- Mass hack attack on Yahoo Mail accounts prompts password reset -Ars Technica
- ISC Diary | Attack on Yahoo mail accounts - SANS ISC Diary
- Yahoo Mail compromised -- is nothing safe anymore? - Beta News
- NullCrew FTS hacks Comcast servers, post exploit and passwords - ZDNet
- Change your passwords: Comcast hushes, minimizes serious hack - ZDNet
- Kickstarter hacked, no credit cards compromised but your Facebook login has been reset - iMore
- Kickstarter says it’s been hacked and urges users to change passwords - Ars Technica
- Kickstarter is the latest hack victim -- regains control and issues belated apology - Beta News
- Kickstarter Hacked, Change Your Passwords Now - Lifehacker
Account data breaches can happen all kinds of ways. Troy Hunt picks about some ways Tesco’s breach could have been pulled off:
Just a few tips:
- Use a good/free password manager to generate complex, strong, long random password strings (like this one you can have for free: €&ÖTÒC²ÿ¦Aì:ÿ±ØF3`¹æ„åB£/¸4ö»„R+Üb"j9Ä¦) And use a different one for each online account. I personally recommend the free KeePass Password Safe but there are tons of great, free, open-source ones out there for the choosing.
- If you have smartphone, you can often share that database across platforms to make it convenient. MiniKeePass (for iOS).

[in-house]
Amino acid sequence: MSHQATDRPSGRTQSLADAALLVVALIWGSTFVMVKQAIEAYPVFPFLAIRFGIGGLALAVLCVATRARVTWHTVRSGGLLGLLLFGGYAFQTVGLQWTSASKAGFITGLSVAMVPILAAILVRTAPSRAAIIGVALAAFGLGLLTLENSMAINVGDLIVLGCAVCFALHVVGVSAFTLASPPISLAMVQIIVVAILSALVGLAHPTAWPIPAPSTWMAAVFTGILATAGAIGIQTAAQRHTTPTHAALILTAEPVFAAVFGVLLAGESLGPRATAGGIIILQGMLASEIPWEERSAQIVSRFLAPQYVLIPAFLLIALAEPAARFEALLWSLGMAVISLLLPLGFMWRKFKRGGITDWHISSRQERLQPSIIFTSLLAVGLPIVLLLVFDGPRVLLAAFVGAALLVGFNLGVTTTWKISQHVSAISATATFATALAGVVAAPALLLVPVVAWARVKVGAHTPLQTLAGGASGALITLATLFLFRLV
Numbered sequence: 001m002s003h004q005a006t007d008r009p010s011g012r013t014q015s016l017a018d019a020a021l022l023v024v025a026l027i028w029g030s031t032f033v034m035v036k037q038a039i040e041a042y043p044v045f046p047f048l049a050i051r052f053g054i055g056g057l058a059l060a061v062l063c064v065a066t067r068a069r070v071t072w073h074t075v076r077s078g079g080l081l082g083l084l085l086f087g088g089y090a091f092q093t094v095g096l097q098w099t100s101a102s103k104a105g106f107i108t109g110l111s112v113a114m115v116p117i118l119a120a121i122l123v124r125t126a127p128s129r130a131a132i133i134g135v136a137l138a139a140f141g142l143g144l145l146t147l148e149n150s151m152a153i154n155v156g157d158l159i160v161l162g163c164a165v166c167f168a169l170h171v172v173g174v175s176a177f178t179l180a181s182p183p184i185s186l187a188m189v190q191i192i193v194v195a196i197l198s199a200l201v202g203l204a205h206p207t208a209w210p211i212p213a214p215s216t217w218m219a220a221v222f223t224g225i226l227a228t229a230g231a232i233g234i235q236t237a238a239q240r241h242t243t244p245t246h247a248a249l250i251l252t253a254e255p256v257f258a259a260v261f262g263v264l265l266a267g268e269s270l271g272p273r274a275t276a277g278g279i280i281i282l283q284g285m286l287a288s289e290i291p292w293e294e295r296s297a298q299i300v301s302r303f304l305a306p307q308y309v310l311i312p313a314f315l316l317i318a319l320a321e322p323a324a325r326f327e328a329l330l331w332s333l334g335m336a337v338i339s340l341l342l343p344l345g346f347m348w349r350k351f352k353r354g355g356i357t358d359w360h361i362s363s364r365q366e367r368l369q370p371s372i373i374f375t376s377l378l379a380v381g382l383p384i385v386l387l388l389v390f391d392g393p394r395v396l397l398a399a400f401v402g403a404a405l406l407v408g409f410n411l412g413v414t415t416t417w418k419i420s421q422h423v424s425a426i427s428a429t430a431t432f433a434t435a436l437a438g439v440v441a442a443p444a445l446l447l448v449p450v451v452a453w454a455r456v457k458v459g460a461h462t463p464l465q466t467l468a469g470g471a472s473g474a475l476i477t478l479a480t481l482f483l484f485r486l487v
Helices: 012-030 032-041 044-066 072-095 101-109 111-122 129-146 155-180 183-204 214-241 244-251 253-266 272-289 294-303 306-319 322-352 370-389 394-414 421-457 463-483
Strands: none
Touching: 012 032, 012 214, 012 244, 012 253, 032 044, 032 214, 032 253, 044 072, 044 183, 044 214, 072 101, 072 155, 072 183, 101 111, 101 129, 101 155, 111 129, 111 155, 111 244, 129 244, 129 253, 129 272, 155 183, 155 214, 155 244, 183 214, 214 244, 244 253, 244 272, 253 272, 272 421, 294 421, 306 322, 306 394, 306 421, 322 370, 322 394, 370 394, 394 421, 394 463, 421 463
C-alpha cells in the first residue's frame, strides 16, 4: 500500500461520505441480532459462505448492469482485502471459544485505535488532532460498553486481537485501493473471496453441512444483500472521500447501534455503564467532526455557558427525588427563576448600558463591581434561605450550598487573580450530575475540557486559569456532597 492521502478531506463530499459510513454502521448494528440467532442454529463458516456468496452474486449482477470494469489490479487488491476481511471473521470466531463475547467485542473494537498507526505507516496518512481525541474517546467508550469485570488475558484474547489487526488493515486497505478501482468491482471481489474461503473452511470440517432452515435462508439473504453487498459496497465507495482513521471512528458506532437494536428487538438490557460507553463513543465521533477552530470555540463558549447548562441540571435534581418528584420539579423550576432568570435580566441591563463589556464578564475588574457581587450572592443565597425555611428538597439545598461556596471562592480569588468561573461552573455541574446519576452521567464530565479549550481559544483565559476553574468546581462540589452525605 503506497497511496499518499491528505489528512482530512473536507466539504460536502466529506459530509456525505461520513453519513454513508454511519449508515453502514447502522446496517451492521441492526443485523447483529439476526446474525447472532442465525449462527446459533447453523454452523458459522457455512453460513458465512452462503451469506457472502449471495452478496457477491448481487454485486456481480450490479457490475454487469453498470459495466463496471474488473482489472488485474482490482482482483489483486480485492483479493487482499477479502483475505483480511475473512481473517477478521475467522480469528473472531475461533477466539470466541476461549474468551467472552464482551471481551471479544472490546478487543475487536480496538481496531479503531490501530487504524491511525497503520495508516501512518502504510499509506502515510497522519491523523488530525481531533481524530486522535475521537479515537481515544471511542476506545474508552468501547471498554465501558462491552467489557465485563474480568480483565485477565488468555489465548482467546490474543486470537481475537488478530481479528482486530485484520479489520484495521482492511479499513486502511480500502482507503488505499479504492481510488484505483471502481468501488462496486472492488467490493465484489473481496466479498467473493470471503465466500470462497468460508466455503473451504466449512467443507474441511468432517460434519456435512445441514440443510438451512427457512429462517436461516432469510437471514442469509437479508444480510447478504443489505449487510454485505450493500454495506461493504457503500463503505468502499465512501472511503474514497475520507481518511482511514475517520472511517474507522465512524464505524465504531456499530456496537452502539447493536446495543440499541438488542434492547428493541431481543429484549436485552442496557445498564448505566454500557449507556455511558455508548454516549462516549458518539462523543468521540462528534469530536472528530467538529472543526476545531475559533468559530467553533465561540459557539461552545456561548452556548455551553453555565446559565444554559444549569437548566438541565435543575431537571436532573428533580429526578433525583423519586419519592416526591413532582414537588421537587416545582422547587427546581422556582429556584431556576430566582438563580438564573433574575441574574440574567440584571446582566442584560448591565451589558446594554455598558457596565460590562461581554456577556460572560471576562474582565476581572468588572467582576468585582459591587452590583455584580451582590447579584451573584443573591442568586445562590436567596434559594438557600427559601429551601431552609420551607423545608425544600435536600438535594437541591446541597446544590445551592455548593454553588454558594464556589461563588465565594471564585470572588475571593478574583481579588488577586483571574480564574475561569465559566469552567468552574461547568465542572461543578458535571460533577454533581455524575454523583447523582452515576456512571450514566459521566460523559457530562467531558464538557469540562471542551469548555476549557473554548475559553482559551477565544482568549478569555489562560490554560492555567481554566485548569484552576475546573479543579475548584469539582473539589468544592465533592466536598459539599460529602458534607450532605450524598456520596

- Don’t use your actual personal information (birthday, favorite things, actual/true answers to security questions); a password keeper can help you keep track of what answer you used. This way if those responses get hacked for the world to see, they can’t be used against you on other sites.
- Use a different email-address to register for each of your “core” high-security/high-value account web-sties. Many online accounts use/require an email address for the account name. If one account gets breached, they won’t be able to use it on other accounts. Most email clients (and some online email services) allow you to pull emails from more than one email account. That would let you aggregate all these different email addresses into one place.
- Log into websites with your account using your browser’s “Privacy/Private-browsing” mode.
- Log out of your account when you are done doing your business.
- Sign up one or more of your user-name/email addresses over at Have I been pwned? to proactively monitor for account breaches. Unless you are engaged in the security news industry, a number of critical days might pass before you hear on the mainstream tv/radio/internet news channels of a breach. If you hear it from the pros first, then you have a jump on getting your account credentials changed before someone uses/buys/abuses them. At least that’s the theory.